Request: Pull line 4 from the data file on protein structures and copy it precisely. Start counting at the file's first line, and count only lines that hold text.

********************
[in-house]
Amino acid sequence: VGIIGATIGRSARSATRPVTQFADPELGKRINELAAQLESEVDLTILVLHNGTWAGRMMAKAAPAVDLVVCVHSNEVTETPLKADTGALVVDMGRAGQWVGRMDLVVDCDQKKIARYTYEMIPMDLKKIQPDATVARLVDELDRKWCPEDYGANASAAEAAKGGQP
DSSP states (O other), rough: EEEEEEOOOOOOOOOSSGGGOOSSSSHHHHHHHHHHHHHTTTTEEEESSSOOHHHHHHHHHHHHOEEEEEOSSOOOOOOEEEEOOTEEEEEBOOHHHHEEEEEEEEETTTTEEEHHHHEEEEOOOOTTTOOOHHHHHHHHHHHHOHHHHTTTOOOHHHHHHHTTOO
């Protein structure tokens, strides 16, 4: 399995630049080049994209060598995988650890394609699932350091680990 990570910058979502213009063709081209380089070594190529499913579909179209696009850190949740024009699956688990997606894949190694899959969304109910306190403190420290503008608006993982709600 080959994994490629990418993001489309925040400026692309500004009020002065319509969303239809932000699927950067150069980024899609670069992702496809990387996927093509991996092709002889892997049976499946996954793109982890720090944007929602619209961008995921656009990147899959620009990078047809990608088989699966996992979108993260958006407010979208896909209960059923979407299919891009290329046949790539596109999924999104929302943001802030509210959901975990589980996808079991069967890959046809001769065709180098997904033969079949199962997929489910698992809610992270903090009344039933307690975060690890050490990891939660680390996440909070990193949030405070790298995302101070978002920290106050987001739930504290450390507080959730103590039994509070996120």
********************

């Protein structure tokens, strides 16, 4: 399995630049080049994209060598995988650890394609699932350091680990 990570910058979502213009063709081209380089070594190529499913579909179209696009850190949740024009699956688990997606894949190694899959969304109910306190403190420290503008608006993982709600 080959994994490629990418993001489309925040400026692309500004009020002065319509969303239809932000699927950067150069980024899609670069992702496809990387996927093509991996092709002889892997049976499946996954793109982890720090944007929602619209961008995921656009990147899959620009990078047809990608088989699966996992979108993260958006407010979208896909209960059923979407299919891009290329046949790539596109999924999104929302943001802030509210959901975990589980996808079991069967890959046809001769065709180098997904033969079949199962997929489910698992809610992270903090009344039933307690975060690890050490990891939660680390996440909070990193949030405070790298995302101070978002920290106050987001739930504290450390507080959730103590039994509070996120």